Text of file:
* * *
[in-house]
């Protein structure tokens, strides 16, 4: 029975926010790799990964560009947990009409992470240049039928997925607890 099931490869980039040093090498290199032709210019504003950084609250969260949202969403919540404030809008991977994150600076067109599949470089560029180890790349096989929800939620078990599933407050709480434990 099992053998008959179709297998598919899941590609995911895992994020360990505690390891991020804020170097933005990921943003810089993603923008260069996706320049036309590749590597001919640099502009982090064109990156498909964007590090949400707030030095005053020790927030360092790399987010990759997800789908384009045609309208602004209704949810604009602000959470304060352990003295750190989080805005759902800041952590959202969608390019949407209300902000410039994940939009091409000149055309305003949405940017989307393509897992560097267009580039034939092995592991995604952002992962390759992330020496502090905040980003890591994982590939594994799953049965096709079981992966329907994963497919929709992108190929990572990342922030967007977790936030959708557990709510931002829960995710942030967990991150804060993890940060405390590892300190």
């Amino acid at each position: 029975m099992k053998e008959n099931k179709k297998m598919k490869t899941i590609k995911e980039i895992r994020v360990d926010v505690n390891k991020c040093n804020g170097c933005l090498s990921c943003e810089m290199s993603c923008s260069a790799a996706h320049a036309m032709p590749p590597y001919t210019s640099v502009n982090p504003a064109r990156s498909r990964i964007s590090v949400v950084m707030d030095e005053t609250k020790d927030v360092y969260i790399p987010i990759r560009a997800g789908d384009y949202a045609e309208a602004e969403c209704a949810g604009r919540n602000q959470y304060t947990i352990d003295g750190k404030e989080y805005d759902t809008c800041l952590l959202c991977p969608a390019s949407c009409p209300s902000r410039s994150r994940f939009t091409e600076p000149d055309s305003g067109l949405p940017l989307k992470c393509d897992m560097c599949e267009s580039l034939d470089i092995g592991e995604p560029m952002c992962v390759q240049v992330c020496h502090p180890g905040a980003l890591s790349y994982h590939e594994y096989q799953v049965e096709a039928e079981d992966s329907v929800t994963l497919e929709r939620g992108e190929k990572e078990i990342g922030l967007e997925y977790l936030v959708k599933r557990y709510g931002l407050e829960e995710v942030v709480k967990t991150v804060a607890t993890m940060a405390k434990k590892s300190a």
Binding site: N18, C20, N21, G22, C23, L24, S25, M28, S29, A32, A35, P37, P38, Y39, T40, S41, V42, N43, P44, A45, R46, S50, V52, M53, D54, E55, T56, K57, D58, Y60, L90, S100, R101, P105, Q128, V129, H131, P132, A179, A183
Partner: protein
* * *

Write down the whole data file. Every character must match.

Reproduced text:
[in-house]
């Protein structure tokens, strides 16, 4: 029975926010790799990964560009947990009409992470240049039928997925607890 099931490869980039040093090498290199032709210019504003950084609250969260949202969403919540404030809008991977994150600076067109599949470089560029180890790349096989929800939620078990599933407050709480434990 099992053998008959179709297998598919899941590609995911895992994020360990505690390891991020804020170097933005990921943003810089993603923008260069996706320049036309590749590597001919640099502009982090064109990156498909964007590090949400707030030095005053020790927030360092790399987010990759997800789908384009045609309208602004209704949810604009602000959470304060352990003295750190989080805005759902800041952590959202969608390019949407209300902000410039994940939009091409000149055309305003949405940017989307393509897992560097267009580039034939092995592991995604952002992962390759992330020496502090905040980003890591994982590939594994799953049965096709079981992966329907994963497919929709992108190929990572990342922030967007977790936030959708557990709510931002829960995710942030967990991150804060993890940060405390590892300190």
């Amino acid at each position: 029975m099992k053998e008959n099931k179709k297998m598919k490869t899941i590609k995911e980039i895992r994020v360990d926010v505690n390891k991020c040093n804020g170097c933005l090498s990921c943003e810089m290199s993603c923008s260069a790799a996706h320049a036309m032709p590749p590597y001919t210019s640099v502009n982090p504003a064109r990156s498909r990964i964007s590090v949400v950084m707030d030095e005053t609250k020790d927030v360092y969260i790399p987010i990759r560009a997800g789908d384009y949202a045609e309208a602004e969403c209704a949810g604009r919540n602000q959470y304060t947990i352990d003295g750190k404030e989080y805005d759902t809008c800041l952590l959202c991977p969608a390019s949407c009409p209300s902000r410039s994150r994940f939009t091409e600076p000149d055309s305003g067109l949405p940017l989307k992470c393509d897992m560097c599949e267009s580039l034939d470089i092995g592991e995604p560029m952002c992962v390759q240049v992330c020496h502090p180890g905040a980003l890591s790349y994982h590939e594994y096989q799953v049965e096709a039928e079981d992966s329907v929800t994963l497919e929709r939620g992108e190929k990572e078990i990342g922030l967007e997925y977790l936030v959708k599933r557990y709510g931002l407050e829960e995710v942030v709480k967990t991150v804060a607890t993890m940060a405390k434990k590892s300190a």
Binding site: N18, C20, N21, G22, C23, L24, S25, M28, S29, A32, A35, P37, P38, Y39, T40, S41, V42, N43, P44, A45, R46, S50, V52, M53, D54, E55, T56, K57, D58, Y60, L90, S100, R101, P105, Q128, V129, H131, P132, A179, A183
Partner: protein